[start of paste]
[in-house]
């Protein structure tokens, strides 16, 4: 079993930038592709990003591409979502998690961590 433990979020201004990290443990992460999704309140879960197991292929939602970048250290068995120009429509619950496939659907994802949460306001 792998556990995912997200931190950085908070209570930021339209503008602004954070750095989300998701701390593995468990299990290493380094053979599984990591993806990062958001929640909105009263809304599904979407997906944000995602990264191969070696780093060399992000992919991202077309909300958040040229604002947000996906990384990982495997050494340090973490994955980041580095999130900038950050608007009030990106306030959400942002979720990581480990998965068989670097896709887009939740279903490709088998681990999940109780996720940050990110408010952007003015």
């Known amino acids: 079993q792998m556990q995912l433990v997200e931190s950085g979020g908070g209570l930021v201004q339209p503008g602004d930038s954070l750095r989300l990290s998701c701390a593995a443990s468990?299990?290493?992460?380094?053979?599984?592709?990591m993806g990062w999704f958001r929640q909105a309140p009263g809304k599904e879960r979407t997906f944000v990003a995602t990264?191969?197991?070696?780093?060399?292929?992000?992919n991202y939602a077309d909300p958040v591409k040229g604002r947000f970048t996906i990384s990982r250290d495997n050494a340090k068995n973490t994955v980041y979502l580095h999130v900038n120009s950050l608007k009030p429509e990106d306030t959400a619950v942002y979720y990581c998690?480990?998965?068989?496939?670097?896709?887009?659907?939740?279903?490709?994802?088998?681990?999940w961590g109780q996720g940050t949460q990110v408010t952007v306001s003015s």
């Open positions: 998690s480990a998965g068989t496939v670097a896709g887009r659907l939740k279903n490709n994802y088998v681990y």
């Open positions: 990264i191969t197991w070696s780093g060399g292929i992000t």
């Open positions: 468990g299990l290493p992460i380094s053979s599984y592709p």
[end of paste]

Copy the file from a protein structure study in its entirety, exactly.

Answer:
[in-house]
């Protein structure tokens, strides 16, 4: 079993930038592709990003591409979502998690961590 433990979020201004990290443990992460999704309140879960197991292929939602970048250290068995120009429509619950496939659907994802949460306001 792998556990995912997200931190950085908070209570930021339209503008602004954070750095989300998701701390593995468990299990290493380094053979599984990591993806990062958001929640909105009263809304599904979407997906944000995602990264191969070696780093060399992000992919991202077309909300958040040229604002947000996906990384990982495997050494340090973490994955980041580095999130900038950050608007009030990106306030959400942002979720990581480990998965068989670097896709887009939740279903490709088998681990999940109780996720940050990110408010952007003015």
């Known amino acids: 079993q792998m556990q995912l433990v997200e931190s950085g979020g908070g209570l930021v201004q339209p503008g602004d930038s954070l750095r989300l990290s998701c701390a593995a443990s468990?299990?290493?992460?380094?053979?599984?592709?990591m993806g990062w999704f958001r929640q909105a309140p009263g809304k599904e879960r979407t997906f944000v990003a995602t990264?191969?197991?070696?780093?060399?292929?992000?992919n991202y939602a077309d909300p958040v591409k040229g604002r947000f970048t996906i990384s990982r250290d495997n050494a340090k068995n973490t994955v980041y979502l580095h999130v900038n120009s950050l608007k009030p429509e990106d306030t959400a619950v942002y979720y990581c998690?480990?998965?068989?496939?670097?896709?887009?659907?939740?279903?490709?994802?088998?681990?999940w961590g109780q996720g940050t949460q990110v408010t952007v306001s003015s």
């Open positions: 998690s480990a998965g068989t496939v670097a896709g887009r659907l939740k279903n490709n994802y088998v681990y």
């Open positions: 990264i191969t197991w070696s780093g060399g292929i992000t």
């Open positions: 468990g299990l290493p992460i380094s053979s599984y592709p």